Conflict of Interests

The authors declare that there is no conflict of interests regarding the publication of this paper.


The work of Y. Hai, K. L. Tsui, and Q. Zhou was supported by the Hong Kong Research Grant Council General Research Fund Project no. 11216014 and the Natural Science Foundation of China Project no. 11471275. It was also partially supported by the NSFC under Grant nos. 71231001 and 71420107023. It is also supported by China Postdoctoral Science Foundation funded project under Grant 2013M530531, the Fundamental Research Funds for the Central Universities of China under Grant nos. FRF-MP-13-009A and FRF-TP-13-026A, and the MOE PhD supervisor fund, 20120006110025.


  1. J. P. MacDuffie and T. Fujimoto, “Why dinosaurs will keep ruling the auto industry,” Harvard Business Review, vol. 88, no. 6, pp. 23–25, 2010. View at Google Scholar · View at Scopus
  2. L. Layton, M. Glod, and L. H. Sun, Probe Finds Metro Control “Anomalies”, The Washingthon Post, Washington, DC, USA, 2009.
  3. J. Lyons, “Brazil blackout sparks infrastructure concerns,” The Washington Post, 2009.
  4. J. Finch, “Toyota sudden acceleration: a case study of the national highway traffic safety administration-recalls for change,” Loyola Consumer Law Review, vol. 22, p. 472, 2009. View at Google Scholar
  5. J. B. Bowles, “A survey of reliability-prediction procedures for microelectronic devices,” IEEE Transactions on Reliability, vol. 41, no. 1, pp. 2–12, 1992. View at Publisher · View at Google Scholar · View at Scopus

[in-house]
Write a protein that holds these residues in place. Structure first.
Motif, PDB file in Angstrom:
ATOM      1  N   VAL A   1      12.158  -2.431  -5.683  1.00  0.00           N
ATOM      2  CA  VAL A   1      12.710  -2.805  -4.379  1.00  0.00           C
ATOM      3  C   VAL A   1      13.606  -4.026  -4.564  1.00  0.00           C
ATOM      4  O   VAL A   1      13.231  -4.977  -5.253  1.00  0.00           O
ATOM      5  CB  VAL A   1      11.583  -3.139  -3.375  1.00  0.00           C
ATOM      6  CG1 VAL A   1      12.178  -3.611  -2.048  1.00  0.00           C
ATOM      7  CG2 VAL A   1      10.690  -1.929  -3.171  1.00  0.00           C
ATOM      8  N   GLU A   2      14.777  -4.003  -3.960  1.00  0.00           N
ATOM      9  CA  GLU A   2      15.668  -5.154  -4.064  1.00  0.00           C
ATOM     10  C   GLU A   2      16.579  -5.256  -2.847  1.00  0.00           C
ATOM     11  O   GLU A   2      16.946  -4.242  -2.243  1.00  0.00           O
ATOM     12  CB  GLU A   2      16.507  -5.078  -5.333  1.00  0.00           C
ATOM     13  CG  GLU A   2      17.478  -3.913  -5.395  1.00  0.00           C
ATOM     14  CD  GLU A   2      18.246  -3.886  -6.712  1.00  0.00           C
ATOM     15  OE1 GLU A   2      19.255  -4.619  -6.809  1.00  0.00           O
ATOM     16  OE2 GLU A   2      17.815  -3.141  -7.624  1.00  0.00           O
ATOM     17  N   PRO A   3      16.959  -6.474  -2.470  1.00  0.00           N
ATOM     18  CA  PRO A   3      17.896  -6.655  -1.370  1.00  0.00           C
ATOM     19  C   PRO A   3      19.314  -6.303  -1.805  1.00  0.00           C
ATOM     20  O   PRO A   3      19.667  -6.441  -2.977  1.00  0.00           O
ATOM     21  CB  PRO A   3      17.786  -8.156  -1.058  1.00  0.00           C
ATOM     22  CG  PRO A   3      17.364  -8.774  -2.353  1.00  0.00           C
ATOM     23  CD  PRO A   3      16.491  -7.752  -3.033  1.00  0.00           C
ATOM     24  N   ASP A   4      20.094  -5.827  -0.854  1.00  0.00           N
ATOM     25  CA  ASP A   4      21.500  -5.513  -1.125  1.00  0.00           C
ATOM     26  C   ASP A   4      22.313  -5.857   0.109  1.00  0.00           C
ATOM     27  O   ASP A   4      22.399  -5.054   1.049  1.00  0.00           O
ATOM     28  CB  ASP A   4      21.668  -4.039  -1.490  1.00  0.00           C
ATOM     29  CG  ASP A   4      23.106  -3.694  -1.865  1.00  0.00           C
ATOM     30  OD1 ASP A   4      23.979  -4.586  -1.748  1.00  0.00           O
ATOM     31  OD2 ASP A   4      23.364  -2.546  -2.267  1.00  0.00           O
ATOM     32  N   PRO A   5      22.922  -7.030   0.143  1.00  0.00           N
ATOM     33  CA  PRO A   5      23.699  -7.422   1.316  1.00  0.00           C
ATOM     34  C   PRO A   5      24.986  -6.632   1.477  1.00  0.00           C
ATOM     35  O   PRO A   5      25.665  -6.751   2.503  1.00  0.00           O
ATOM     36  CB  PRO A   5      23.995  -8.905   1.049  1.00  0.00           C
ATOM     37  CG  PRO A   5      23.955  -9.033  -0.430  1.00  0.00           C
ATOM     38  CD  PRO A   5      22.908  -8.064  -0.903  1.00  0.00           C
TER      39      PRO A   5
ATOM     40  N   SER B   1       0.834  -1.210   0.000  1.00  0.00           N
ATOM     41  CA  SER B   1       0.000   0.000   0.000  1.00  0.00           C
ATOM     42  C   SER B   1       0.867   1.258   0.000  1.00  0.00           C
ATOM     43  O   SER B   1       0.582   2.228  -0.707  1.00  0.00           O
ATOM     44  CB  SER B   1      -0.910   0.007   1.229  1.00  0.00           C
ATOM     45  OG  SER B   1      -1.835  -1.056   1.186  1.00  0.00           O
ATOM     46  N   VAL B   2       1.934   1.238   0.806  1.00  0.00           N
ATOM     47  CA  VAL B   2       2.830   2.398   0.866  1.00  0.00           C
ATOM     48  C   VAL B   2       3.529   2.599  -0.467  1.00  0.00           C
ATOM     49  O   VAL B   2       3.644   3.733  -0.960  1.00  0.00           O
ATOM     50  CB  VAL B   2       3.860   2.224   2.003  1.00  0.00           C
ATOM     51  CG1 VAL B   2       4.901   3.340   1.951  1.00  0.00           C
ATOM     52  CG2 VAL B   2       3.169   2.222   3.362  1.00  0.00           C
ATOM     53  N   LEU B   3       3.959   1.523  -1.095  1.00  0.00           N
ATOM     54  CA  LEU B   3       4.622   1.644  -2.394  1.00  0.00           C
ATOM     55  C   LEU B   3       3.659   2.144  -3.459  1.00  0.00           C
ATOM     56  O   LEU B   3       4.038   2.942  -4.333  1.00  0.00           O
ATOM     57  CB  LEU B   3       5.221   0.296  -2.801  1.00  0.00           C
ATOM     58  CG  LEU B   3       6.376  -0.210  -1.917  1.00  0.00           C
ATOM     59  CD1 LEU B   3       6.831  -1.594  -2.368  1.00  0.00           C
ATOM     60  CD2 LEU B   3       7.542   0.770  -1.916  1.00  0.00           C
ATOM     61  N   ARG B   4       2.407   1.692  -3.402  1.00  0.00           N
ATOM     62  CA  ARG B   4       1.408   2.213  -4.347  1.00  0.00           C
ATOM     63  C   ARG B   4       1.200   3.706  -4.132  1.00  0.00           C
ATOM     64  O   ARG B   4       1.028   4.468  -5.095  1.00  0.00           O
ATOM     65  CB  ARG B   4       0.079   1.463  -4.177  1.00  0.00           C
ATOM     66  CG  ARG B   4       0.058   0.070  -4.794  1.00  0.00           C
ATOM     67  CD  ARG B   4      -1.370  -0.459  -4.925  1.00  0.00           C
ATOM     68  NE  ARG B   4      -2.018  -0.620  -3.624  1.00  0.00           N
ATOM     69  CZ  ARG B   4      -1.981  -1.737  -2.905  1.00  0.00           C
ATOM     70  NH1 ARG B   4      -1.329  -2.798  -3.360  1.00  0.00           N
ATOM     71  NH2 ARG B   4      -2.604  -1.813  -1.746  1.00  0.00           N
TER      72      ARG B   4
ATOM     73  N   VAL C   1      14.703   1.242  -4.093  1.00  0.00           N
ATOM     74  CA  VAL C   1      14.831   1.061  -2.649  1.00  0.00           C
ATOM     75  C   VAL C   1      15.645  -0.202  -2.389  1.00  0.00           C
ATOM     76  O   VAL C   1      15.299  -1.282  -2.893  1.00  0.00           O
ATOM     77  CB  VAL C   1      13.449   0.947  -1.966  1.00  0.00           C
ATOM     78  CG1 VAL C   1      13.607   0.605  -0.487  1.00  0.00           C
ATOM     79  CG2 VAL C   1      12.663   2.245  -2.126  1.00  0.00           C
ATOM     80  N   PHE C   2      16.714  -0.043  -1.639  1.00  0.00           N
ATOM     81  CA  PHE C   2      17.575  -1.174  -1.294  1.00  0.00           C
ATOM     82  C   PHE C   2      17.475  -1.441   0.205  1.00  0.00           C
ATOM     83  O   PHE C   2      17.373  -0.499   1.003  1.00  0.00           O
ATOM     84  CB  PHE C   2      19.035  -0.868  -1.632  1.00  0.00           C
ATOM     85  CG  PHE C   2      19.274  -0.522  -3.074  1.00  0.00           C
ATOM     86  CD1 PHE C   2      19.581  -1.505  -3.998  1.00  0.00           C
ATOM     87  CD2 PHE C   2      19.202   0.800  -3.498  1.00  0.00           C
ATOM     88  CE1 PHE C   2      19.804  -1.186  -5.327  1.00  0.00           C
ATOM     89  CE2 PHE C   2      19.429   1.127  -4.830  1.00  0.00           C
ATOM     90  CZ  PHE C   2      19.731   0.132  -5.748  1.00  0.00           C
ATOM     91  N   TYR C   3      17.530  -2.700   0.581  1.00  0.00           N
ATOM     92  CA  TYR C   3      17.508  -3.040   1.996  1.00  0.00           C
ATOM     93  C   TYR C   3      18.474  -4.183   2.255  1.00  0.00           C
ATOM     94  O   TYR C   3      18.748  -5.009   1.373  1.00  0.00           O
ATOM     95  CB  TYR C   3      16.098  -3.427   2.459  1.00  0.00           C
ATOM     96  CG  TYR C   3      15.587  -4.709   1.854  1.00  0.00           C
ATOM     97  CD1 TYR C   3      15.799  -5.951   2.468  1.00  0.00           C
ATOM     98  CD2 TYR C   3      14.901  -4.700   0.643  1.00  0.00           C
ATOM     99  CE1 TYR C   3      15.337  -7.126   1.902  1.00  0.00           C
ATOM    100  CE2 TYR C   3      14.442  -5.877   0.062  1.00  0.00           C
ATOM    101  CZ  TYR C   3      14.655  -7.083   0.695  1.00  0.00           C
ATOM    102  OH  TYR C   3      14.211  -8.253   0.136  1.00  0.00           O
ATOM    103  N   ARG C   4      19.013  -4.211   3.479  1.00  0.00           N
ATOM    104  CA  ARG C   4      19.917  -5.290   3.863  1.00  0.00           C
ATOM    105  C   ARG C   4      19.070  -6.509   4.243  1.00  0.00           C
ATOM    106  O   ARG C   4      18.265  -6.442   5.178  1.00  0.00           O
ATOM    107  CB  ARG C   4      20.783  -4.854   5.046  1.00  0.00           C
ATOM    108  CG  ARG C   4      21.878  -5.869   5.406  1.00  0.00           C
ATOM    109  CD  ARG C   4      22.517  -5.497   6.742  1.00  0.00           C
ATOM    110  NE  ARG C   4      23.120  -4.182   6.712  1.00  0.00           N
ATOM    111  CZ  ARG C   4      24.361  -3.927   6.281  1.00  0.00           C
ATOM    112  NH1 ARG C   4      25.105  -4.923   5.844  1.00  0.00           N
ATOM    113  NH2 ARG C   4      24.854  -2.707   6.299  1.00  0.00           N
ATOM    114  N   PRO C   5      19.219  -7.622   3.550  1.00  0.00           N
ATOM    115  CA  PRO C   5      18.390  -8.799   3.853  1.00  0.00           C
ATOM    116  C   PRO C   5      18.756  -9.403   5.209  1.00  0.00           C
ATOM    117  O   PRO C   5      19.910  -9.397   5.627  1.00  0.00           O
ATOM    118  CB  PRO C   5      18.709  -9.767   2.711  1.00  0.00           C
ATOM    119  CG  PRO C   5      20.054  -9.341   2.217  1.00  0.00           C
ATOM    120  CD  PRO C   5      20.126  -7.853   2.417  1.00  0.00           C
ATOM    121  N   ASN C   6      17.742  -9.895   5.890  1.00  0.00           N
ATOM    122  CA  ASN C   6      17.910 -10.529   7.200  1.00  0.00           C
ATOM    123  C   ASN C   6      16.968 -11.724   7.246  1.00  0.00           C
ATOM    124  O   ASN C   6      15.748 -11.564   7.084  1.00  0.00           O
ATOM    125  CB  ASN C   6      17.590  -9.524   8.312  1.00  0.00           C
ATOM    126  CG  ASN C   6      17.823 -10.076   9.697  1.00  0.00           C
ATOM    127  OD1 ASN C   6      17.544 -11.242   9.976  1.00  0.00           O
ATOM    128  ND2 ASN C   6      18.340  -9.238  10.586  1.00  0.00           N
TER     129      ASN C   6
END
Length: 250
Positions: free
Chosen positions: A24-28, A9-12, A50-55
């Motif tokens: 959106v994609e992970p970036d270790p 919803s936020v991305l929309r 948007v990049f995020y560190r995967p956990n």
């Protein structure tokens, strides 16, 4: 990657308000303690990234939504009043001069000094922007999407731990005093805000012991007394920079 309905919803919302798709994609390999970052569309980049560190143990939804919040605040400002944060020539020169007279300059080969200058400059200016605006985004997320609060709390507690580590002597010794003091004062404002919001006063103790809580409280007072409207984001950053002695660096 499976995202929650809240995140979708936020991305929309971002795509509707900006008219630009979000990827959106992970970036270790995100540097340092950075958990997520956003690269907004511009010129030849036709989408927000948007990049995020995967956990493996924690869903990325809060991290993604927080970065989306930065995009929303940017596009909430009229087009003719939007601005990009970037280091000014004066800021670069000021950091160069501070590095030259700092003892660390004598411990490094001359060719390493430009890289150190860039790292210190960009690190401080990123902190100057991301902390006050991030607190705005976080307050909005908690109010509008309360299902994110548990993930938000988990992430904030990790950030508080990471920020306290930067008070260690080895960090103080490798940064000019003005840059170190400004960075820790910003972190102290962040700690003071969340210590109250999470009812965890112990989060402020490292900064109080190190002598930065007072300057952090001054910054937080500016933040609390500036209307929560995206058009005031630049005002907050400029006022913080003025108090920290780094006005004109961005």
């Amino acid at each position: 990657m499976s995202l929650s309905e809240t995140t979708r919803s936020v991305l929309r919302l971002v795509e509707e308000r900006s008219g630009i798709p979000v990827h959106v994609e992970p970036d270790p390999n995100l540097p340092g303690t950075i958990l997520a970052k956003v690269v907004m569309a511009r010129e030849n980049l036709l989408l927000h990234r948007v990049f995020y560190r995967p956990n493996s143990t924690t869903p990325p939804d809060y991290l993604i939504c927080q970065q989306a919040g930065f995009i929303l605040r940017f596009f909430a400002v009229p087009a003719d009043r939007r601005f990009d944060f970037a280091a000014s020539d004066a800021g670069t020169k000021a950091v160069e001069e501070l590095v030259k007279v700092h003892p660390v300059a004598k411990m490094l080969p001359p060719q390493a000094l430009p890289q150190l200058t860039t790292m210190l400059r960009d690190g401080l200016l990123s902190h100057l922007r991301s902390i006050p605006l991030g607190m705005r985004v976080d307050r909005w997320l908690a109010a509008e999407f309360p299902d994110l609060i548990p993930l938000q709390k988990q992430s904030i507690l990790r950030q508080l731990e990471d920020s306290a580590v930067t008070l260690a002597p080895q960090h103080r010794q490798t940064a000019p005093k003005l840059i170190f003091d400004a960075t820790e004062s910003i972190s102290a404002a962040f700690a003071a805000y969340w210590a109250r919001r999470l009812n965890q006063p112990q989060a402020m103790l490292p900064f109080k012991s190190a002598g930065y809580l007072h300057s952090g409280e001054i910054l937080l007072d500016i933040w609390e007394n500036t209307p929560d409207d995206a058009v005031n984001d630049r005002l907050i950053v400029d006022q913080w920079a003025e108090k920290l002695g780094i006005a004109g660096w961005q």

6. K.-L. Tsui, W. Chiu, P. Gierlich, D. Goldsman, X. Liu, and T. Maschek, “A review of healthcare, public health, and syndromic surveillance,” Quality Engineering, vol. 20, no. 4, pp. 435–450, 2008. View at Publisher · View at Google Scholar · View at Scopus
  7. M. Pecht, Prognostics and Health Management of Electronics, John Wiley & Sons, Hoboken, NJ, USA, 2008.
  8. F. Di Maio, J. Hu, P. Tse, M. Pecht, K. Tsui, and E. Zio, “Ensemble-approaches for clustering health status of oil sand pumps,” Expert Systems with Applications, vol. 39, no. 5, pp. 4847–4859, 2012. View at Publisher · View at Google Scholar · View at Scopus
  9. Bellcore, “Reliability prediction procedure for electronic equipment,” Tech. Rep. TR-NWT-000332, 83-86, 1990. View at Google Scholar
  10. M. Pecht and V. Ramappan, “Are components still the major problem. A review of electronic system and device field failure returns,” IEEE Transactions on Components, Hybrids, and Manufacturing Technology, vol. 15, no. 6, pp. 1160–1164, 1992. View at Publisher · View at Google Scholar · View at Scopus
  11. D. A. Thomas, K. Avers, and M. Pecht, “The “trouble not identified” phenomenon in automotive electronics,” Microelectronics Reliability, vol. 42, no. 4-5, pp. 641–651, 2002. View at Publisher · View at Google Scholar · View at Scopus
  12. H. Qi, S. Ganesan, and M. Pecht, “No-fault-found and intermittent failures in electronic products,” Microelectronics Reliability, vol. 48, no. 5, pp. 663–674, 2008. View at Publisher · View at Google Scholar · View at Scopus
  13. R. Williams, J. Banner, I. Knowles, M. Dube, M. Natishan, and M. Pecht, “An investigation of 'cannot duplicate' failures,” Quality and Reliability Engineering International, vol. 14, no. 5, pp. 331–337, 1998. View at Publisher · View at Google Scholar · View at Scopus
  14. K. Anderson, “Intermittent fault detection & isolation system,” in Proceedings of the Maintenance Symposium and Exhibition, Department of Defense, November 2012.
  15. A. G. Keane, Toyota Finds Most Sudden Acceleration Crashes Are Driver Error, Bloomberg, Washington, DC, USA, 2010.